The Undiluted South Bronx Truth About Freddie Prinze
There is a dearth of incensed Chicanos in Philadelphia, and so beneath the Governor’s Suite of the Benjamin Franklin Hotel, there are no pickets protesting the ethnic unconsciousness of Chico and the Man, only a tangle of adolescents with troubled skins sulking under Cover Girl, television viewers of various races and sexes frozen to the pavement beside the always attending limousine, waiting to glimpse the Governor’s Suite occupant, whom they refer to never as Freddie, always as Chico. In Hollywood, where the series is assembled, the waiting crowds have been sullen, comprised as they’ve been of representatives from the Model Cities Center for Law and Justice, the faculty of the Hispanic Urban Center, every ethnic-minority actor who wasn’t currently working (because of TV’s burgeoning ethnicity, most were), and even, incredibly, Chico’s associate producer, who is a Chicano and actually told a reporter that his new effort was “cheap, demeaning and offensive” to all Americans of Mexican descent. Of course the publicity gleaned by the enraged outside NBC, Burbank, didn’t hurt the new series’s spectacular Nielsens; neither did the press coverage of the hurried rewrite conferences, the apologetic deletions from Chico scripts of lines for Jack Albertson, the “Man,” such as “Get out of here and take your flies with you,” or “This was a good neighborhood when the Mexicans knew their place – Mexico.”
But the fans at the West Coast studio gates remain suspicious, while in Philadelphia, where Freddie Prinze has come to cohost the Mike Douglas Show, they are ecstatic just to touch Chico’s limousine, though they wait for its passenger in vain, in rain. When Freddie exits now into public streets, his black eyes hooded, his moustache a parabola, he uses side entrances; he is, after all, even more, now, than that phenomenon undreamed of through all the cultures until ours, an entertainer who materializes weekly in 50 million living rooms; he is media’s newest heroic synthesization, the macho-ghetto avatar, the iconoclastic, theomorphic super-spic, and he could spend all day signing autographs and losing bits of his clothing. As distasteful to him as the madding fan-club crowd is the press, which can be even more abrasive, to which one may lose bits of one’s charisma, so writers must wait like the pimply fans. “The problem is, there’s been so much press. How much time’s he gotta give you, an hour or something? Freddie doesn’t like interviews. Freddie just doesn’t wanta bother anymore, unless it’s the cover of Newsweek.” The Chico producer, Jimmy Komack, yawns that into the hotel phone because one has spent hours and hours and hours sitting in another of the suites, anticipating even a word with Komack’s protégé. Komack doesn’t bother to stifle the yawns because his series is so successful that Freddie, just 20 and until September an unknown Catskills stand-up comic, no longer needs publicity, good or bad. (How curious it always seems to find those who will starve or murder for public recognition so distraught when confronted with it, so distressed at scribbling their names in autograph books, so genuinely, demonstrably burdened when faced with writers.) One has cajoled, threatened and hung about the greenroom backstage at the Douglas show and outside the locked Prinze dressing room and has, to be accurate, already had the following exchange with the star:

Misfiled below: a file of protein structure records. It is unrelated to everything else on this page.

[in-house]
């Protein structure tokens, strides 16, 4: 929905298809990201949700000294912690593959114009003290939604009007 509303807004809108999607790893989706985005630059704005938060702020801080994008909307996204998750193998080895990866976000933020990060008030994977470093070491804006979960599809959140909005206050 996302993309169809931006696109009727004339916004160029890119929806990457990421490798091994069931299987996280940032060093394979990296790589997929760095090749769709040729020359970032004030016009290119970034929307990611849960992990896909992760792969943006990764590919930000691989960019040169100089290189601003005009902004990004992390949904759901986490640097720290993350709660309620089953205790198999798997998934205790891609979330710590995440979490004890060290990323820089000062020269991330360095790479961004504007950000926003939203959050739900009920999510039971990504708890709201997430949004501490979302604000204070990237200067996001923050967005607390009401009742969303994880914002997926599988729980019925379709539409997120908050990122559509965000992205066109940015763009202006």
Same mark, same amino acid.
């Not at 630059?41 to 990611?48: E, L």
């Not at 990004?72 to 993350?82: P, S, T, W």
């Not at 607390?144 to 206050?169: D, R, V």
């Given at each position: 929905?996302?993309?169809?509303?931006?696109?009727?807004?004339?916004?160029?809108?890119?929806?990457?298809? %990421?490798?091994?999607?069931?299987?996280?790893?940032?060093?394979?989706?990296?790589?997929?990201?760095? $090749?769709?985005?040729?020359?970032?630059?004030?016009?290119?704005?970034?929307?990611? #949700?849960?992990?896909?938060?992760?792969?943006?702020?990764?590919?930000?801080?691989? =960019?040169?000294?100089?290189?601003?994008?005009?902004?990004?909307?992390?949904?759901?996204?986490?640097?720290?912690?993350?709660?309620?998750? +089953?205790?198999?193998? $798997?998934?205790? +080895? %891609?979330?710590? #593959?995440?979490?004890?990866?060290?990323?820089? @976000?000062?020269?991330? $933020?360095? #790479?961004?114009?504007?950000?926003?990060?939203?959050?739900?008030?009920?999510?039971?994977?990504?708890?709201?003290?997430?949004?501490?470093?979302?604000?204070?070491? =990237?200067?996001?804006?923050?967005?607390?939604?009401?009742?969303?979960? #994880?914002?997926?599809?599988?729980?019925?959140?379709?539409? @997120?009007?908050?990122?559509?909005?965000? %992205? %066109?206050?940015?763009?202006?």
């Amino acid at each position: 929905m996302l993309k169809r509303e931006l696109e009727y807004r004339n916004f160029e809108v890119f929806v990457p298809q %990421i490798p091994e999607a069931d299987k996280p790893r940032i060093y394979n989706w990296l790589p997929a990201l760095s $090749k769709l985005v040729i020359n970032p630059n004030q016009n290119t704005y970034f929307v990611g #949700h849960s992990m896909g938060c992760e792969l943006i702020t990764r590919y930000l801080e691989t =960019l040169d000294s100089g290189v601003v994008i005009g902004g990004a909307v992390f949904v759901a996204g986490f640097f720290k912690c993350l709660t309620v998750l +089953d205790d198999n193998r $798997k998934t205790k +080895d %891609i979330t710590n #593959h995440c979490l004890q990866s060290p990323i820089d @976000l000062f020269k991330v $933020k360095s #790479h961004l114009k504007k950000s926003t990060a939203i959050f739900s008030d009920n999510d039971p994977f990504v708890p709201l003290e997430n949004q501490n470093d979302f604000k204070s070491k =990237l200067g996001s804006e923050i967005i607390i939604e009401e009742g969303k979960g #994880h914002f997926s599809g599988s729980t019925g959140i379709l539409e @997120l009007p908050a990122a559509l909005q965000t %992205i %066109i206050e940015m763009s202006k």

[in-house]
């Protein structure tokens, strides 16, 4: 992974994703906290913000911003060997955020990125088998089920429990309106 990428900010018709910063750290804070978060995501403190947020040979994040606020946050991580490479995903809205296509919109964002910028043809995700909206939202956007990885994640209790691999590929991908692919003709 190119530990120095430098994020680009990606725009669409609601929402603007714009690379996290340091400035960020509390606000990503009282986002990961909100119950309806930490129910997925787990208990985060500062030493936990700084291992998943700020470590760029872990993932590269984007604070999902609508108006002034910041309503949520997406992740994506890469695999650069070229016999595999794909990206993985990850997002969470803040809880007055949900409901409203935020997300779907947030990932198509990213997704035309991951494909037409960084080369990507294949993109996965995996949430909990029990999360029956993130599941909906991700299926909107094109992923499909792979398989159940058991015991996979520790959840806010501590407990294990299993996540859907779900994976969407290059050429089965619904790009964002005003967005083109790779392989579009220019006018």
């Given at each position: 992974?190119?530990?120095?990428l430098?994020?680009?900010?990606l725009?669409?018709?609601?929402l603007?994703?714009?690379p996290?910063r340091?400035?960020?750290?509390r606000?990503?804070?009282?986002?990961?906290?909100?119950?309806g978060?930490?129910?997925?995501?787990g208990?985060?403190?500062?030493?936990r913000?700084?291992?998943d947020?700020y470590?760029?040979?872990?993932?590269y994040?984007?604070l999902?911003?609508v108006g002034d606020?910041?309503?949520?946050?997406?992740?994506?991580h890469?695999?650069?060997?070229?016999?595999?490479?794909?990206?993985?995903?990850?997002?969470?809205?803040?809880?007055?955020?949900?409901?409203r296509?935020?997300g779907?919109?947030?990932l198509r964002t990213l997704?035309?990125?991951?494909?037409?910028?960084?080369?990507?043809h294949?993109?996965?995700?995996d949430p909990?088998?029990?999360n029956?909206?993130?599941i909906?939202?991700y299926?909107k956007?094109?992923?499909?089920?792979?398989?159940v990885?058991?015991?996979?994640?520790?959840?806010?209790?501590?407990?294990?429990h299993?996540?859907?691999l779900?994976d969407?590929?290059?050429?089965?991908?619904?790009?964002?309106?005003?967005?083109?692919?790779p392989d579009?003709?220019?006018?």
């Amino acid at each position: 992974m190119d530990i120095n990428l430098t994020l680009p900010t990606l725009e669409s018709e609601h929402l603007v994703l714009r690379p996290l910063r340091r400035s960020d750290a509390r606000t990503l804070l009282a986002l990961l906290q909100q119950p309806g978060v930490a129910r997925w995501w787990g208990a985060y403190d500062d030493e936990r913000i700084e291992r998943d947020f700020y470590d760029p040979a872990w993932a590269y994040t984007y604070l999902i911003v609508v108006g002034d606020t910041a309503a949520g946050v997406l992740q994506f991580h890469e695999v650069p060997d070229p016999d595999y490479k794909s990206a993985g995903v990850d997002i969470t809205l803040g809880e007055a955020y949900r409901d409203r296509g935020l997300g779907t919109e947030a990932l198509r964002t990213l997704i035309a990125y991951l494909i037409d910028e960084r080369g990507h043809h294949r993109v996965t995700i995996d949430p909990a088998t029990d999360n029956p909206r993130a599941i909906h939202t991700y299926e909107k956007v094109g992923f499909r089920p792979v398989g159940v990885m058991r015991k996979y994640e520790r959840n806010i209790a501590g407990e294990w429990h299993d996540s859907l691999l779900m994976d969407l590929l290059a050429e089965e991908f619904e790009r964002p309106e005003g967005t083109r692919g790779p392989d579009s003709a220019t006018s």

“Uh, hi.” This he has offered en route from the greenroom to the camera; and he has smiled, which counts as a further comment, for off camera he smiles rarely. In addition he has said into his hotel-suite phone, after answering it in a disguised voice, “Oh, hi, man, they said you were coming down from New York. Uh, what’s the name again? Whew: Philadelphia. No governor ever stayed in this hole they got me in. This hotel, you can still see the sockets where the red lights were, right? The room service guys, they all got prison tattoos.” There are pauses, for laughter: Apparently it’s his habit to carry on one-sided, one-liner phone conversations, even with strangers. No, he wouldn’t be into talking for the press tonight; maybe, urn, tomorrow. “We’ll, uh, rap all during lunch break and dinner and, who knows, maybe all night!” But of course that doesn’t quite work out: Backstage at the Douglas show, he is taut, glum, unapproachable, until the mike swings in and he is cued. “Saludos, amigos,” he begins, still off camera, “Ayee’m Fredd-dee Prinze.”
This causes bedlam in the studio audience. “I have never met anyone this young with this much ability,” Mike Douglas asserts a few minutes later, when Freddie’s brought out. There’s a second applause tidal wave. “He’s got to be the reincarnation of, hmm, another person.”
Freddie responds, “Ju-dee Garlan’, maybe?” Douglas laughs apprehensively and wants to know: How does it feel, being an overnight star?